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Penguins Mailbag: Struggling Star Players, Pressure on Ron Hextall



Pittsburgh Penguins, Sidney Crosby, Kris Letang, Evgeni Malkin, NHL news

ST. PAUL — This has gone on long enough. The Pittsburgh Penguins are wrapping their arms around two wins in 11 games with an insistence they need to play a 60-minute game. Sidney Crosby does not look like himself, Bryan Rust has gone ice cold, and fans are taking no prisoners.

Don’t worry, Crosby still looks like Sidney Crosby in person. However, his play bears little resemblance to the dominant play for which he is known.

And therein lies part of the problem. Evgeni Malkin is the star player who is most playing like a star, but his puck management has been as generous as we all hope to be in the holiday season.

And fans are not happy. The friction of getting to PPG Paints Arena (because it seems the city tore up every street around PPG Paints Arena and half of the streets leading to it) is only a fraction of the problem. There were thousands of empty seats until later in the first period on Tuesday. Even then, Penguins games are obviously not sell-outs.

Though the symbolism of messy construction keeping Penguins fans away is pretty thick, eh?

Pittsburgh Penguins Mailbag:


Answer: As dynamic as Rust has been over the last few years, he’s also had a few barren patches. He doesn’t look to be injured — he hasn’t scampered off to the trainers’ room after games or practices. He did tease his locker stall neighbor Jason Zucker. Rust swung his legs up on the bench for Zucker to untie the skates before quickly pulling back with a laugh, “You’ll tie them in knots!”

Rust has also taken a few of the losses hard. I don’t recall which western city, but Rust sat in his stall, in full gear, after the game.

My guess would be he is trying too hard. Gripping the stick a bit too tightly. He gives a damn. He’ll be fine but stuck in the quicksand with everyone else.

Answer: I probably could, and should, write a lot more about the Penguins’ top players’ struggles. Things are going wrong for the best players, and Letang isn’t immune. I think Letang and the company are the victims of their situation. They “know” they are a good team.

In the words of Alfred E. Newman, “What, me worry?”

I threw a few elbows in my Pittsburgh Penguins postgame column Tuesday night. There is a problem with the Penguins’ approach/mindset/attitude. To use Mike Sullivan’s lexicon, they lack urgency. While Letang and Crosby disagreed, there’s no other way to explain consistently bad starts, lax play at the beginning and end of periods, and the failure to mount heavy pressure in the third periods.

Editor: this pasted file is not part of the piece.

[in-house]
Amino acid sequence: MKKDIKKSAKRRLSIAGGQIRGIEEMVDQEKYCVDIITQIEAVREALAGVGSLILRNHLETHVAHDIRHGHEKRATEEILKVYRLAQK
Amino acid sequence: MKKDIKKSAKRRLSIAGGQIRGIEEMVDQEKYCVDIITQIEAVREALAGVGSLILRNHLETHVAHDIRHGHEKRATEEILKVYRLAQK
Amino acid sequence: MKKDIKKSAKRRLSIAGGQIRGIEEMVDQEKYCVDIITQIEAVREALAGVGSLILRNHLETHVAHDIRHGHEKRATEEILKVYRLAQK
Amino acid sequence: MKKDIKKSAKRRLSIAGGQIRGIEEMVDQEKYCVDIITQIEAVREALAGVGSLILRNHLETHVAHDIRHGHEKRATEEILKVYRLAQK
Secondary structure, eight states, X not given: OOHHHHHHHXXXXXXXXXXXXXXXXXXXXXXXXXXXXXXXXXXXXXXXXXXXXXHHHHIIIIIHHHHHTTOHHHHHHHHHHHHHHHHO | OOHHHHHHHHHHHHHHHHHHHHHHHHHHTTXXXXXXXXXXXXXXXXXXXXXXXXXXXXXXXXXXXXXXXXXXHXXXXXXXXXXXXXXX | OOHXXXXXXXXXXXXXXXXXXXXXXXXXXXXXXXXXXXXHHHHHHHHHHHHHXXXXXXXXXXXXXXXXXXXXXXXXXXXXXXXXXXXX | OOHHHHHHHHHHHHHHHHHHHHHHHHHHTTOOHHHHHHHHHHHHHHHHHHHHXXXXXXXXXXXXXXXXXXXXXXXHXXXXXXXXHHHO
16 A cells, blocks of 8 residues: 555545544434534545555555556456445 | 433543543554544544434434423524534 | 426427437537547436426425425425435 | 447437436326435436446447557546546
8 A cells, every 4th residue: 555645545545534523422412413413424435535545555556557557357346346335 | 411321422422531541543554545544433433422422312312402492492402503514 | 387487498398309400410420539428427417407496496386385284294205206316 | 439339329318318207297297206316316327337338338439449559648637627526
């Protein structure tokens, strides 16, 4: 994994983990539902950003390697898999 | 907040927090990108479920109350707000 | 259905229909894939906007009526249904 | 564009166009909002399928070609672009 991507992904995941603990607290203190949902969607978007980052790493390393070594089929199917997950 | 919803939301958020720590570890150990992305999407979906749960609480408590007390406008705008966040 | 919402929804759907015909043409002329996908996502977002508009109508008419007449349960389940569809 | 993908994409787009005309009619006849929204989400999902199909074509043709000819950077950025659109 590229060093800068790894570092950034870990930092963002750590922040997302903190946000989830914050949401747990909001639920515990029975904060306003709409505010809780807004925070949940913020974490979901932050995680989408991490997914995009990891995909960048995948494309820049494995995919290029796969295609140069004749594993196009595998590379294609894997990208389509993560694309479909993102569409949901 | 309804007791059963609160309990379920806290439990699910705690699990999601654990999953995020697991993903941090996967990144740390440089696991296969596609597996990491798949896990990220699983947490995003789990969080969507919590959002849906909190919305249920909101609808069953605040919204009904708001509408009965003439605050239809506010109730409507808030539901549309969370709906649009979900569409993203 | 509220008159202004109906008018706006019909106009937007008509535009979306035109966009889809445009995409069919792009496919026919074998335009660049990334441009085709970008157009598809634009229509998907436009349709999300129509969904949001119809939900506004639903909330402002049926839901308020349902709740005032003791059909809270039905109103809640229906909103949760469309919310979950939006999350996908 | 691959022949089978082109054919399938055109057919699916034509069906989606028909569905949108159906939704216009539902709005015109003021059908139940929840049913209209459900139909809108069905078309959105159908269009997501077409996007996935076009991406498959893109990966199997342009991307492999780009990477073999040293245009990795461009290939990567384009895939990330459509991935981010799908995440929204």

They’re making incredible mistakes. Sometimes, they look like a team of rookies.

“…Those are the areas — (if) we can take those out of our game so that if we have some breakdowns, we have support built in,” Sullivan said Tuesday night. “And I just think there have been moments in some of these games where we, for whatever reason, get away from it, and it seems like in those moments, the puck ends up in the back of our net.”

And — especially against Toronto — teams are coming straight at the Penguins’ top pair. Toronto attacked them. It’s a perfect storm. The forwards aren’t protecting the defense, which puts additional pressure on the defensemen, which allows teams to get deep on the Penguins’ defensemen, which creates additional pressure for everyone to defend, which creates additional pressure for the stars to do “more,” and things spiral.

Things will get worse until the Penguins make them better. I think the situation is starting to worry folks.

There was only one “mistake.” Kasperi Kapanen is probably one the goalie would like back. Evgeni Malkin would have been the best center on the market. Kris Letang would have been the top defenseman, and Casey DeSmith the best backup goalie. Danton Heinen at $1 million — will anyone argue that value?

I know it — I hear it all the time — many of you wanted to rebuild. But that ship has sailed. It seems a waste of energy to keep revisiting the offseason unless you have a Delorean with a flux capacitor and some pretty gnarly Nike hightops.

What style are you referring to? The run-and-gun, wide-open transition game. They know they can’t play that way. I suspect part of the Penguins’ cavalcade of mistakes is Sullivan and Todd Reirden tweaking the system, which Sullivan does every season. This isn’t a Dan Bylsma situation, but it doesn’t look good, either.

Sullivan has hinted about building more puck support into the system. Is learning the new tweaks leading to some instability?

I do think there is a bit of a disconnect between how the Penguins have to play (low zone, hard, gritty, to the net) and how they are constructed beyond the top six.

Are Rust, Zucker, Brock McGinn, Teddy Blueger, and Crosby slower? Brian Dumoulin isn’t moving laterally as well as he did, but he is the only one suffering a movement decline. The league, especially the lesser teams in the Eastern Conference, are exponentially faster than they were.

I could have sworn this keyboard (not this exact one, I’ve bought a new laptop since) used to expressly warn fans that the league was closing the speed gap and the Pittsburgh Penguins needed more than “speed” to win. The speed differential between teams is now very small, so what else can they do to win games?

That is the question.

The pressure is mounting on Hextall to get more help for that question, too.